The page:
One of the most important tasks in preparing accounts for Independent Examination is Bank Reconciliation
A Bank Reconciliation is used to compare your records to those of your bank, to see if there are any differences between these two sets of records for your cash transactions. The ending balance of your version of the cash records is known as the book balance, while the bank’s version is called the bank balance. A monthly reconciliation helps you identify any unusual transactions that might be caused by accounting errors or fraud.
Our training manual “The Adventures of Mr Claw in the World of Charity Accounting” explains Bank Reconciliation and Statement production, and how to implement these procedures in to your organisation’s accounting procedures. Get your copy here
Thanks to all those who attended our Business Planning Day yesterday.
If you fail to plan, you plan to fail
Business Planning is essential to the welfare of all organisations. Our instruction manual has a whole section devoted to this essential subject.
Please get in touch here if you wish to know more
Our training manual “The Adventures of Mr Claw in the World of Charity Accounting” – which is being used at professional training courses in Book Keeping – explains Bank Reconciliation and Statement production, and how to implement these procedures in to your organisation’s accounting procedures. Get your copy here
Here is a brief extract:
The bank reconciliation is the means by which you can give yourself some self-assurance that you have recorded every item of income and expenditure, and that what you have recorded is correct.
When a group has a bank account, a record of the bank transactions is kept in the organisation’s cash book. In addition, the bank also keeps a record of these same transactions and this record is shown on the statement produced by the bank.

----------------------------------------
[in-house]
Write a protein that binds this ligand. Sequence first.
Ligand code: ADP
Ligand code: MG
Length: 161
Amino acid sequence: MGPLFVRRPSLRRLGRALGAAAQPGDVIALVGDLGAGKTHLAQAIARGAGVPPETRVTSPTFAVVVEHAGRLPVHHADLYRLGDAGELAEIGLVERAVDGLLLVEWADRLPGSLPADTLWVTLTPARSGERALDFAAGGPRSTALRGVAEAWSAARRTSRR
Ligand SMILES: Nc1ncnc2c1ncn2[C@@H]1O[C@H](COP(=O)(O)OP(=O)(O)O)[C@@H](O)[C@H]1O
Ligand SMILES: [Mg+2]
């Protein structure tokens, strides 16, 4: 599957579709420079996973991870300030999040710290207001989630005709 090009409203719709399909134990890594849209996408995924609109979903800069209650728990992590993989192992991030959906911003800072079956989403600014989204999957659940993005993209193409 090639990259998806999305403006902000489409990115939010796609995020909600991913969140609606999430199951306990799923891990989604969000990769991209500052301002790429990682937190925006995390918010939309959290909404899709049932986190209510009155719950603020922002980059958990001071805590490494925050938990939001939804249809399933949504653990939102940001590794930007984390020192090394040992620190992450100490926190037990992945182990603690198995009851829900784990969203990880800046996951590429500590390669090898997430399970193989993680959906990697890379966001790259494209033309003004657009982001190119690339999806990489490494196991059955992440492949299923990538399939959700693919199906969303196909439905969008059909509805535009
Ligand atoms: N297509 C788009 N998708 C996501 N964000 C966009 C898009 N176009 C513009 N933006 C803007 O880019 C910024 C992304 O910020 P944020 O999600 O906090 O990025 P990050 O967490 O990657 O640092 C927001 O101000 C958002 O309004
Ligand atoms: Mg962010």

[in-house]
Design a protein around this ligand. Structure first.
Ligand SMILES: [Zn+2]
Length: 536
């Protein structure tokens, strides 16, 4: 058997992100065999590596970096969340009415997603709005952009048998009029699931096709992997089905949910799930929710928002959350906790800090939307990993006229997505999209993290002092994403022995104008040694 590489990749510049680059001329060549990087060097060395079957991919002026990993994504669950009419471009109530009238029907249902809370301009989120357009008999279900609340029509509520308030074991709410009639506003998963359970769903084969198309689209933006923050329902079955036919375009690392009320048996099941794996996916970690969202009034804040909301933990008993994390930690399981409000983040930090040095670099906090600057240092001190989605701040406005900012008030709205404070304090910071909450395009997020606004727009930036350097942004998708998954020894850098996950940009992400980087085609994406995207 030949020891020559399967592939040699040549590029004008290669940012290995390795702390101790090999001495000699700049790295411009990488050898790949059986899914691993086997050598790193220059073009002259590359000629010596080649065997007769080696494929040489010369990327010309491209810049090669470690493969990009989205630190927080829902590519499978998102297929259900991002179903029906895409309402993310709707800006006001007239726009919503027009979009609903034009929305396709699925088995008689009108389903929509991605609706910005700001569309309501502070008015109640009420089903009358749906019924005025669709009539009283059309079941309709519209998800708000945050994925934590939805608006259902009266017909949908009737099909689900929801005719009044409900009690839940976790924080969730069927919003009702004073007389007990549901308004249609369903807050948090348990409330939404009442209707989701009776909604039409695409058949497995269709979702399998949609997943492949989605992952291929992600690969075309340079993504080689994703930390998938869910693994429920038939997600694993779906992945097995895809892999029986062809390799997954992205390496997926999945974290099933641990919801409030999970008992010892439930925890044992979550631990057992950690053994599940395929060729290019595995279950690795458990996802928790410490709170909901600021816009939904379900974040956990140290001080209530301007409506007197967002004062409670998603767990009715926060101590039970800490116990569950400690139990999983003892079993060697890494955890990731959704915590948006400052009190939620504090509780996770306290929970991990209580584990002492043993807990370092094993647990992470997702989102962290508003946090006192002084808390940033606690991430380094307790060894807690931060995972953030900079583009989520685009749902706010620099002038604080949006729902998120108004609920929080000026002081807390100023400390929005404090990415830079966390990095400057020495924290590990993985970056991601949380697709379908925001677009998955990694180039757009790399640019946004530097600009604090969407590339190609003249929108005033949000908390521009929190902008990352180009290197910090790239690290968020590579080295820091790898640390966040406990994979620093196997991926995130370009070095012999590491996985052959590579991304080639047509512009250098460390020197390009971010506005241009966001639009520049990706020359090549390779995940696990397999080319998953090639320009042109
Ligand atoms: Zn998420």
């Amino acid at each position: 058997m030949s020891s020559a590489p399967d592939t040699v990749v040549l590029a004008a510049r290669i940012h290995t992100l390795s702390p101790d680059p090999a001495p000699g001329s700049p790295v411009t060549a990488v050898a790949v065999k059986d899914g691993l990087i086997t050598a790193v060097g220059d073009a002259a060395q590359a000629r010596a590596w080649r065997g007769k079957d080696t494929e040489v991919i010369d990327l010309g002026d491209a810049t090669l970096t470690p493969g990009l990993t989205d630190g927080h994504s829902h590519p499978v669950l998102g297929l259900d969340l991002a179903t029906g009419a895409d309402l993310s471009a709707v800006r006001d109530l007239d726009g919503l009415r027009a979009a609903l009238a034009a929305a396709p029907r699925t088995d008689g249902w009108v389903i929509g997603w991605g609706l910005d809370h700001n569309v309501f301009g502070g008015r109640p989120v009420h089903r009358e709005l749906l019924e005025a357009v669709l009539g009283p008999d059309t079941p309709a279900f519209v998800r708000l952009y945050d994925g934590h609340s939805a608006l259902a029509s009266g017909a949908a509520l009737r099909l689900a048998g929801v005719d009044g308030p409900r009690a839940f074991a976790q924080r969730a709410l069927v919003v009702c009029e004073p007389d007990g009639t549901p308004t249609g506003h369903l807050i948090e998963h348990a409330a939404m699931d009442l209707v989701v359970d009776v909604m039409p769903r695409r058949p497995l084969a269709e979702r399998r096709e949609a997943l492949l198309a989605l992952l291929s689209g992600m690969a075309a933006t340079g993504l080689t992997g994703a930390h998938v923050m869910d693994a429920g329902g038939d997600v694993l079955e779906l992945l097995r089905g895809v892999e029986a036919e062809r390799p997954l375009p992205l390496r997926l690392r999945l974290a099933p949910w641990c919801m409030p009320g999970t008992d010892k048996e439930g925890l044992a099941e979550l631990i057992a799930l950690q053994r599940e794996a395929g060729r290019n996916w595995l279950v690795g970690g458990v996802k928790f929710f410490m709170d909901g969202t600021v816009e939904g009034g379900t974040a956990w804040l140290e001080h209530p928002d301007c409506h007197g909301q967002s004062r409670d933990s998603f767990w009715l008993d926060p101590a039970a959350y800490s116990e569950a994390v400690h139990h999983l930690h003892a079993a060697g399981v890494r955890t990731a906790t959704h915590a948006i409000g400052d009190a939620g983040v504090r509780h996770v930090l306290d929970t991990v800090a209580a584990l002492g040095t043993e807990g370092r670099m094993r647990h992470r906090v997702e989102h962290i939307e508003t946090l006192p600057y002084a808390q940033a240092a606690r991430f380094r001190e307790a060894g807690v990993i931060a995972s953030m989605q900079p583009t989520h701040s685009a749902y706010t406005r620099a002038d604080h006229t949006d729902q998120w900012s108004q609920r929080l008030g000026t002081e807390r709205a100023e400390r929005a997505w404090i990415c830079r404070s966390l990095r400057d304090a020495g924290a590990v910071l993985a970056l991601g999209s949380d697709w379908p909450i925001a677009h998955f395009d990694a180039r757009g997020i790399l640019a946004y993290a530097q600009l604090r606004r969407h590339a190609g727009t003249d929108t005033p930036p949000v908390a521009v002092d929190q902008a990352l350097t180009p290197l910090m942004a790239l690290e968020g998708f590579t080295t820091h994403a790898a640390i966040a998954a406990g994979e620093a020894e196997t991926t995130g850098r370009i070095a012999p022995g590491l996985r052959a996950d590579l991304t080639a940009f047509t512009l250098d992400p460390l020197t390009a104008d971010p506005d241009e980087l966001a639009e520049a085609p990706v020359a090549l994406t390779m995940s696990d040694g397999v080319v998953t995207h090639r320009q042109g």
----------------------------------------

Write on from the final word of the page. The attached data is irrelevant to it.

There are then two quite separate records of the same transactions.
It is therefore necessary to compare these records regularly to ensure that no errors have arisen, and to explain any differences that there are between the balances, i.e. those shown in the Cash Book and on the bank statement.
This comparison is known as a Bank Reconciliation Statement which is simply a method of explaining any difference that there may be between the two balances.
Have you recruited new trustees recently?
Our training manual
‘The Adventures of Mr Claw in the World of Charity Accounting’
has proved to be a valuable source of information for those new to the business of understanding charity accounts, and all the rules and regulations that go with it!
We do have a few copies available for purchase, and if you would like a copy sending out to you for the bargain price of £2.50, plus postage, then contact us here